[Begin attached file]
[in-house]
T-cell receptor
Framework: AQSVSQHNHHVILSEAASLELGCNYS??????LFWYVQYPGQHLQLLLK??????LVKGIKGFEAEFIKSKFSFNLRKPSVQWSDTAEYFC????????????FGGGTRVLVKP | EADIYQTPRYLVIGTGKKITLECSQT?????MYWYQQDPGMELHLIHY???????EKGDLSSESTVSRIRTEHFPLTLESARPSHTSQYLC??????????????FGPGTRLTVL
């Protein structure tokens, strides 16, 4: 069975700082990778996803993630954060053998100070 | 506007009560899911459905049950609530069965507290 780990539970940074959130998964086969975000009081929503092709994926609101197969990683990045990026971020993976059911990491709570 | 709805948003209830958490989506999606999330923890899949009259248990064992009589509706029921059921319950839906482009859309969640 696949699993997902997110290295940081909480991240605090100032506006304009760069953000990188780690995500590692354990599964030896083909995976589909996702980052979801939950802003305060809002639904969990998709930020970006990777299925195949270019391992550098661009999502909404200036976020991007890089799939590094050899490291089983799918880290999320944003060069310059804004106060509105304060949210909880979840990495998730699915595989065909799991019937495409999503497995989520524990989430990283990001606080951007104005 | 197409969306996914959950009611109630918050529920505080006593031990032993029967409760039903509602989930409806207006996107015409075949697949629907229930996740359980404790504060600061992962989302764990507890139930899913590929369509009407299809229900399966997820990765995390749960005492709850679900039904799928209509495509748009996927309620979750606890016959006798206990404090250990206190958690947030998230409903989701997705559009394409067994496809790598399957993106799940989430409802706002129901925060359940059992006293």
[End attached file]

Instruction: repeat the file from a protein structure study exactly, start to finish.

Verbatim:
[in-house]
T-cell receptor
Framework: AQSVSQHNHHVILSEAASLELGCNYS??????LFWYVQYPGQHLQLLLK??????LVKGIKGFEAEFIKSKFSFNLRKPSVQWSDTAEYFC????????????FGGGTRVLVKP | EADIYQTPRYLVIGTGKKITLECSQT?????MYWYQQDPGMELHLIHY???????EKGDLSSESTVSRIRTEHFPLTLESARPSHTSQYLC??????????????FGPGTRLTVL
């Protein structure tokens, strides 16, 4: 069975700082990778996803993630954060053998100070 | 506007009560899911459905049950609530069965507290 780990539970940074959130998964086969975000009081929503092709994926609101197969990683990045990026971020993976059911990491709570 | 709805948003209830958490989506999606999330923890899949009259248990064992009589509706029921059921319950839906482009859309969640 696949699993997902997110290295940081909480991240605090100032506006304009760069953000990188780690995500590692354990599964030896083909995976589909996702980052979801939950802003305060809002639904969990998709930020970006990777299925195949270019391992550098661009999502909404200036976020991007890089799939590094050899490291089983799918880290999320944003060069310059804004106060509105304060949210909880979840990495998730699915595989065909799991019937495409999503497995989520524990989430990283990001606080951007104005 | 197409969306996914959950009611109630918050529920505080006593031990032993029967409760039903509602989930409806207006996107015409075949697949629907229930996740359980404790504060600061992962989302764990507890139930899913590929369509009407299809229900399966997820990765995390749960005492709850679900039904799928209509495509748009996927309620979750606890016959006798206990404090250990206190958690947030998230409903989701997705559009394409067994496809790598399957993106799940989430409802706002129901925060359940059992006293």